‘True Impact’ of manufacturing is nearly a quarter of UK GDP


‘The True Impact of UK Manufacturing’, which was unveilled at MACH 2024, shows industry is worth £518billion and supports 7.3million UK jobs directly and across the supply chains/communities it operates in.

This represents nearly a quarter of total GDP (23%) and far bigger than the direct contribution of 8.2% that is usually quoted by economists.

Carried out by Oxford Economics and the Manufacturing Technologies Association (MTA), the in-depth report also shows that ‘making things’ accounts for 34.5% of all UK goods and services exports, whilst the median wage is £31,300 – 11% higher than the national median wage.

The findings are even more impressive when you consider the sector has had to navigate a myriad of challenges outside its control in recent years, including changing relations with the European Union, the Covid-19 pandemic, unprecedented increases in energy costs and global supply chain fragility and international conflicts.

MTA’s Chief Executive Officer, James Selka is now urging the sector to build on this report by exploring ways in which it can address the skills shortage and develop successful programmes, such as the High Value Manufacturing Catapult Centres, to increase wealth creation by commercialising more of the great ideas and innovations born in the UK.

“This is a fantastic insight into the true impact of manufacturing in the UK and reinforces what many of us already know – that industry is a far greater contributor to GDP and jobs than listed in national accounts,” commented James.

“Our report has been designed to take a ‘deeper dive’ and looks at the direct, indirect, and induced impacts of manufacturing, which is a far more comprehensive overview of what we make, the complex nature of our supply chains and the economic benefit gained from the spending of wages by those employed in our sector.”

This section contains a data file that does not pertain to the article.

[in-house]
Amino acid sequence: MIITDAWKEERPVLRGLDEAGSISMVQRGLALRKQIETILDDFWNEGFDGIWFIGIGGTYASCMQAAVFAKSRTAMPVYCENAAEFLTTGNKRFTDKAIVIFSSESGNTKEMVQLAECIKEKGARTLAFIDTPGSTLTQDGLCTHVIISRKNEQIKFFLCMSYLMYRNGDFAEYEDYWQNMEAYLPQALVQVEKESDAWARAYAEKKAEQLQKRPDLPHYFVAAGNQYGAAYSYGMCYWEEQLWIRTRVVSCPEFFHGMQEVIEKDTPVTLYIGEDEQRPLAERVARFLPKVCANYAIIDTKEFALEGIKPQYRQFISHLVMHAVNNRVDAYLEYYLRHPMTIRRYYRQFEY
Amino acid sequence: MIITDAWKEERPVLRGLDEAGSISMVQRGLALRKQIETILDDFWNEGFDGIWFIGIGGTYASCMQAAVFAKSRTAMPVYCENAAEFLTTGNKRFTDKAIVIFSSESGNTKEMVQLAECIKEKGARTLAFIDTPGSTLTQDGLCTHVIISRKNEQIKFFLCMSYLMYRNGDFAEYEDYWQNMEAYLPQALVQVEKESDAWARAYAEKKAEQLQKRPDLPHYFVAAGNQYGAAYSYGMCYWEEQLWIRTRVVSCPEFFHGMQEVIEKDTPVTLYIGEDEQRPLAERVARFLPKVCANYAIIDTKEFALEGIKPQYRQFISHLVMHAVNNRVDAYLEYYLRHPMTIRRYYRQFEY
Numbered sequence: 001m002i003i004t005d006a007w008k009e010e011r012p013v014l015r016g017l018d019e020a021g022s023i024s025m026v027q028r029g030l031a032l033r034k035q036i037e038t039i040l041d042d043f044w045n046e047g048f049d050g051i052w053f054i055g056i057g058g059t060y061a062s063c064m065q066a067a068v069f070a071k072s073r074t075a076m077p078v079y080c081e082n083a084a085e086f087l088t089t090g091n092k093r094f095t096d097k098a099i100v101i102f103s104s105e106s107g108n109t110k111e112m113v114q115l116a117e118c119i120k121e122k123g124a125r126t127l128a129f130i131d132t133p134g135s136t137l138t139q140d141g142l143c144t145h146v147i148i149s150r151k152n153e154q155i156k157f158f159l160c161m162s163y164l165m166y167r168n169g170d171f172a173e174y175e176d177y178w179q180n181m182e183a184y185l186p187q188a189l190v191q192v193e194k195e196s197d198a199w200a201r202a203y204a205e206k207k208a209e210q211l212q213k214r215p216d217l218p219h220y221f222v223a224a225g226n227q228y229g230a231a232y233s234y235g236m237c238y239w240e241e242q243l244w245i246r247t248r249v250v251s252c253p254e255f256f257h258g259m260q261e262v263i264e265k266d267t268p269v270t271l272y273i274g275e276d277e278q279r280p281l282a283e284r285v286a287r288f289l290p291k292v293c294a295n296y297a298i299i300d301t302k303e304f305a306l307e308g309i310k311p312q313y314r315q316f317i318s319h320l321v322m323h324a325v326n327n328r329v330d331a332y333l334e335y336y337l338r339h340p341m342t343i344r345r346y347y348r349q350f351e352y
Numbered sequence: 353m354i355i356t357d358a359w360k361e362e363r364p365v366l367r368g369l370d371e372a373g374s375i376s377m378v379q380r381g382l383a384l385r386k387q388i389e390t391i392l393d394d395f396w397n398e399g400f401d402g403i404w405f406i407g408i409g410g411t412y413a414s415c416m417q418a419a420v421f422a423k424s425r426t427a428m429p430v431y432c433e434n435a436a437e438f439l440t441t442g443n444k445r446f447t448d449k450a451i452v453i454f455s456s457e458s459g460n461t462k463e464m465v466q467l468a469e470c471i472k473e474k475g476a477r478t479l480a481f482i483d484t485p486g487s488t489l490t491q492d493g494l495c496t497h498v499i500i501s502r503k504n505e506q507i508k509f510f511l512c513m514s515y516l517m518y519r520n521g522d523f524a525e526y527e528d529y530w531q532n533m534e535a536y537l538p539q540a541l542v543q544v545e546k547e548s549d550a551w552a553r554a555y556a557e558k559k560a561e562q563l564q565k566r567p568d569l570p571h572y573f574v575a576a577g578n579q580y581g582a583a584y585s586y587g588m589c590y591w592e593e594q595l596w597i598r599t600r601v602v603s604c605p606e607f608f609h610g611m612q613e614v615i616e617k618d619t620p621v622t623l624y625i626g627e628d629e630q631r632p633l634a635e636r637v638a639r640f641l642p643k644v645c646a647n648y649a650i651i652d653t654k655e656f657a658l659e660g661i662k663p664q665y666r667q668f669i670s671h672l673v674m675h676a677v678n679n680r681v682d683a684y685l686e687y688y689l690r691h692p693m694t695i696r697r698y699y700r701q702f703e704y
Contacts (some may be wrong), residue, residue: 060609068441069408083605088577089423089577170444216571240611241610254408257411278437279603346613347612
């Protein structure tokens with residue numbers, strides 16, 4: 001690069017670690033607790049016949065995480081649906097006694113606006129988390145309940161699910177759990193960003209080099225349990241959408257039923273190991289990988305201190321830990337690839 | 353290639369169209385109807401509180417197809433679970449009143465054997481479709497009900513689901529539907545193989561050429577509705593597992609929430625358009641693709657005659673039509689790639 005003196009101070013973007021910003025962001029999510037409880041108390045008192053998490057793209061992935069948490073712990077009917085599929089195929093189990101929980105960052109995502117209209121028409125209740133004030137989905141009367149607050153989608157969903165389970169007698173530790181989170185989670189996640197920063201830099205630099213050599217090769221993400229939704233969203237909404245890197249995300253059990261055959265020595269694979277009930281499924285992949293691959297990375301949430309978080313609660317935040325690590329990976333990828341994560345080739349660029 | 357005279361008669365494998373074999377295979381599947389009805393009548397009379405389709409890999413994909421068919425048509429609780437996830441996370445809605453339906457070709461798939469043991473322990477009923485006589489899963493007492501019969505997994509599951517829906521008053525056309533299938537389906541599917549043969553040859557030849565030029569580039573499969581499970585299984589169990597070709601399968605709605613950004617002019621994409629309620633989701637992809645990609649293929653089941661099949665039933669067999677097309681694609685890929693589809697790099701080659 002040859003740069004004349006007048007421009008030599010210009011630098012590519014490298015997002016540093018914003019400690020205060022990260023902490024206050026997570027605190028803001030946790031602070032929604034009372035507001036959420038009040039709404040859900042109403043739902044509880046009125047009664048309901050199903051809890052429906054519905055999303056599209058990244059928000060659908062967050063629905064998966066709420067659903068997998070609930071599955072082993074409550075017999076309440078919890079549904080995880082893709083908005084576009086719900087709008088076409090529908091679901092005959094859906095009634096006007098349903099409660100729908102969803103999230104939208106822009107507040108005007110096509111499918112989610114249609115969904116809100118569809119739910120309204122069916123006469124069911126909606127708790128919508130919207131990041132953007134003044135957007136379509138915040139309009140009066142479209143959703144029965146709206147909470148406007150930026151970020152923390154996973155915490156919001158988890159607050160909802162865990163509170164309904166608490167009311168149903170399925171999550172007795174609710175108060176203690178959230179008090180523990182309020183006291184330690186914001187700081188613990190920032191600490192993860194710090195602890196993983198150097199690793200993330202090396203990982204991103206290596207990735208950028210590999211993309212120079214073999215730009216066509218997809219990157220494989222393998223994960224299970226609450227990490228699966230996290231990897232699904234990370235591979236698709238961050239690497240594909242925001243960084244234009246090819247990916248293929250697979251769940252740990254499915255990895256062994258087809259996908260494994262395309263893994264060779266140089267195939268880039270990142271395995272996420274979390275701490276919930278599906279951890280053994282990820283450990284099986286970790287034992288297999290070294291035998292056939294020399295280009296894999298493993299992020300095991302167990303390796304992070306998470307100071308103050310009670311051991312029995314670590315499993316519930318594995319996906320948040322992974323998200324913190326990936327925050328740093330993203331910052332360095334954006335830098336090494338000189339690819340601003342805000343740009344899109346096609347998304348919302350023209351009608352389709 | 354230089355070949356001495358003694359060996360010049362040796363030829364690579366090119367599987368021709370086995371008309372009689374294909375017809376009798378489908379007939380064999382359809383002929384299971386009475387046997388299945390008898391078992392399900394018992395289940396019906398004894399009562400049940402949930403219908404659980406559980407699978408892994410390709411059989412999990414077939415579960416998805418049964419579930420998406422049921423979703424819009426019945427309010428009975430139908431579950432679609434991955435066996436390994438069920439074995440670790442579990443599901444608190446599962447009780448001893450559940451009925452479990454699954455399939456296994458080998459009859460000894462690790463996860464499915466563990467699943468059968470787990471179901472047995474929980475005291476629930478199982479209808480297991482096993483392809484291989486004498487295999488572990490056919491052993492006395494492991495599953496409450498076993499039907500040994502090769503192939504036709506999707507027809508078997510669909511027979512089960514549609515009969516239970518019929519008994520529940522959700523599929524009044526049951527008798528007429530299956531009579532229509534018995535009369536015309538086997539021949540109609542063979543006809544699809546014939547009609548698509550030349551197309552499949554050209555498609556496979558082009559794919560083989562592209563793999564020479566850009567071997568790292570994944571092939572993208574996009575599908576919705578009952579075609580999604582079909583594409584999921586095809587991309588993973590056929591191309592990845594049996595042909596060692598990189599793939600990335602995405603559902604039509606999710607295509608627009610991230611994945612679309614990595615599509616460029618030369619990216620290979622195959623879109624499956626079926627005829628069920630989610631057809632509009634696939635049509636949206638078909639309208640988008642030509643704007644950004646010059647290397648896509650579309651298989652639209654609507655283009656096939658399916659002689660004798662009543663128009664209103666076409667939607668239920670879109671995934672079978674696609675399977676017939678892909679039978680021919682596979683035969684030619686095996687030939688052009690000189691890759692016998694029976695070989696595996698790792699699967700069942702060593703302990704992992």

He continued: “The results illustrate that manufacturing accounts for £518bn of GDP and supports 7.3m jobs, most of which enjoy higher than average wages.

“We are also a part of the economy that invests heavily in new technologies, with nearly half (47%) of total R&D investment made by manufacturers. You only have to visit MACH this week to see this first-hand, with more than 500 companies showcasing the latest in automation and robotics, additive manufacturing, latest software, advanced CNC machining and measurement and inspection solutions.”

The MTA is now calling on a well-integrated commitment from the whole nation to help industry realise its potential, ranging from business leaders and academics to policymakers so crucial in developing a cross-party industrial strategy.



The recent Advanced Manufacturing Plan – accompanied by support worth £4.5bn – has been welcomed as a step in the right direction and an important vehicle in helping to cultivate the new technologies and industries being born, such as electrification, lightweighting, less carbon intensive materials and renewable energy.

Introducing new measures that increase exports should also be a priority and there is an unprecedented opportunity to deliver critical sovereign capabilities from public health to defending our realm.

Headline sponsors Lloyds Bank welcomed the findings of the latest report. David Atkinson, UK Head of Manufacturing SME and Mid Corporates, commented: “As this report highlights, manufacturing is an integral part of the UK economy, through GDP contribution, job creation, and as a source of high wages.

“When you consider the sector’s extended reach through its supply chains and beyond, you can really start to see the scale of its contribution.

“Manufacturers have demonstrated agility and resilience in the past few years of uncertainty, and we are responding by continuing to invest in partnerships in the sector that ensure it has the skills, tools and support needed to compete on a global scale.”

Stephen Phipson, CEO of Make UK, concluded: “Manufacturing has always been a strategically important sector for UK economy and, none more so than now, given the immense societal, political and economic challenges that we face.

“Just as the first industrial revolution provided a step change, the accelerating pace of technological change of the fourth industrial revolution gives us a generational opportunity to do the same now. This valuable report highlights to those in power now and in the future, how manufacturing is greater than the sum of its parts.”


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